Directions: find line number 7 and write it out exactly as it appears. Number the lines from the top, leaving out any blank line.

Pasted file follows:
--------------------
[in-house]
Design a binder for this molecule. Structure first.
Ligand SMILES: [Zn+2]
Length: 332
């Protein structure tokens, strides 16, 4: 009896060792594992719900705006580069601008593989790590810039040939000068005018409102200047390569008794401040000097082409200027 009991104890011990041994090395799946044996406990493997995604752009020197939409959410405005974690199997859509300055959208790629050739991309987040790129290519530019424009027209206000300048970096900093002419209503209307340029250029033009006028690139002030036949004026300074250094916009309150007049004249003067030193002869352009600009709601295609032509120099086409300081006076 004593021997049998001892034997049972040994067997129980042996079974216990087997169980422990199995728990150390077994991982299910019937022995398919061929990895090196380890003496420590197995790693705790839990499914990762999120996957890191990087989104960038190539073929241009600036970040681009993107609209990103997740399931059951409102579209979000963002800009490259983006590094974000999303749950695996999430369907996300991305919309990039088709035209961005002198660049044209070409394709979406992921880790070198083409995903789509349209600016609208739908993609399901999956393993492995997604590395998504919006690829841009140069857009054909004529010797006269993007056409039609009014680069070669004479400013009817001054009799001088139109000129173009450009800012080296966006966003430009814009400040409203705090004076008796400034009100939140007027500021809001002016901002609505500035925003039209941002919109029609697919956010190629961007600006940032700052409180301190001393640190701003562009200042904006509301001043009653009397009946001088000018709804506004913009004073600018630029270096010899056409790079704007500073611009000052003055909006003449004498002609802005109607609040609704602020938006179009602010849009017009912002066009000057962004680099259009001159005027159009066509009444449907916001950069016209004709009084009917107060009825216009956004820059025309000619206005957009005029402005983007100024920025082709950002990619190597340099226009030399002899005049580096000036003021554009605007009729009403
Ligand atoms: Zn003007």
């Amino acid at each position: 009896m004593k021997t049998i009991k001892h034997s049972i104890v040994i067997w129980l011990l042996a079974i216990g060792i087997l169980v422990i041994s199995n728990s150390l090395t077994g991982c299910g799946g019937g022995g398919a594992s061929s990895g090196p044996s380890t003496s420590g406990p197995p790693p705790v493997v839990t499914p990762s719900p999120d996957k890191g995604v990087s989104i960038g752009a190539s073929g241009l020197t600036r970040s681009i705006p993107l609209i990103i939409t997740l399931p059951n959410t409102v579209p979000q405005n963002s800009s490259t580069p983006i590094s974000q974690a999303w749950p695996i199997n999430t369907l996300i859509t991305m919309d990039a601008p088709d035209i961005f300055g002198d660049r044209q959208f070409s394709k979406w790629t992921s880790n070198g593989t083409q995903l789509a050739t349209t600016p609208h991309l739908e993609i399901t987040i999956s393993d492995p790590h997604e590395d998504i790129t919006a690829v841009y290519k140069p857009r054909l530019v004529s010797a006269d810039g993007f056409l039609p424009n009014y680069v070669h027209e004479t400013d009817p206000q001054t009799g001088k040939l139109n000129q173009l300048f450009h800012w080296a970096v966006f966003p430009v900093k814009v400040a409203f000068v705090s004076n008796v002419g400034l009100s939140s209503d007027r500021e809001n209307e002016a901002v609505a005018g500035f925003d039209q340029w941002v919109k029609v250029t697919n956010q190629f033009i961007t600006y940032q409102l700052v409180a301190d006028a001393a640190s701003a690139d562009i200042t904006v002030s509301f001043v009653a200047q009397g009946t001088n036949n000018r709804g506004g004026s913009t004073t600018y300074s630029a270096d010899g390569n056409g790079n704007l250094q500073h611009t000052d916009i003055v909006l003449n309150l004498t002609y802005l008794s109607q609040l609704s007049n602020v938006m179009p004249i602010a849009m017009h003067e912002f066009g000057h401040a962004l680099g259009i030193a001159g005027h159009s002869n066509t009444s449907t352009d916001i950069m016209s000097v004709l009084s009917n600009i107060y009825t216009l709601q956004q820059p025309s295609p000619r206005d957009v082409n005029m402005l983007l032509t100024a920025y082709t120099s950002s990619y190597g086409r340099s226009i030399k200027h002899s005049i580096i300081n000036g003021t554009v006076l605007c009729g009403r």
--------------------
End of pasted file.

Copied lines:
């Amino acid at each position: 009896m004593k021997t049998i009991k001892h034997s049972i104890v040994i067997w129980l011990l042996a079974i216990g060792i087997l169980v422990i041994s199995n728990s150390l090395t077994g991982c299910g799946g019937g022995g398919a594992s061929s990895g090196p044996s380890t003496s420590g406990p197995p790693p705790v493997v839990t499914p990762s719900p999120d996957k890191g995604v990087s989104i960038g752009a190539s073929g241009l020197t600036r970040s681009i705006p993107l609209i990103i939409t997740l399931p059951n959410t409102v579209p979000q405005n963002s800009s490259t580069p983006i590094s974000q974690a999303w749950p695996i199997n999430t369907l996300i859509t991305m919309d990039a601008p088709d035209i961005f300055g002198d660049r044209q959208f070409s394709k979406w790629t992921s880790n070198g593989t083409q995903l789509a050739t349209t600016p609208h991309l739908e993609i399901t987040i999956s393993d492995p790590h997604e590395d998504i790129t919006a690829v841009y290519k140069p857009r054909l530019v004529s010797a006269d810039g993007f056409l039609p424009n009014y680069v070669h027209e004479t400013d009817p206000q001054t009799g001088k040939l139109n000129q173009l300048f450009h800012w080296a970096v966006f966003p430009v900093k814009v400040a409203f000068v705090s004076n008796v002419g400034l009100s939140s209503d007027r500021e809001n209307e002016a901002v609505a005018g500035f925003d039209q340029w941002v919109k029609v250029t697919n956010q190629f033009i961007t600006y940032q409102l700052v409180a301190d006028a001393a640190s701003a690139d562009i200042t904006v002030s509301f001043v009653a200047q009397g009946t001088n036949n000018r709804g506004g004026s913009t004073t600018y300074s630029a270096d010899g390569n056409g790079n704007l250094q500073h611009t000052d916009i003055v909006l003449n309150l004498t002609y802005l008794s109607q609040l609704s007049n602020v938006m179009p004249i602010a849009m017009h003067e912002f066009g000057h401040a962004l680099g259009i030193a001159g005027h159009s002869n066509t009444s449907t352009d916001i950069m016209s000097v004709l009084s009917n600009i107060y009825t216009l709601q956004q820059p025309s295609p000619r206005d957009v082409n005029m402005l983007l032509t100024a920025y082709t120099s950002s990619y190597g086409r340099s226009i030399k200027h002899s005049i580096i300081n000036g003021t554009v006076l605007c009729g009403r």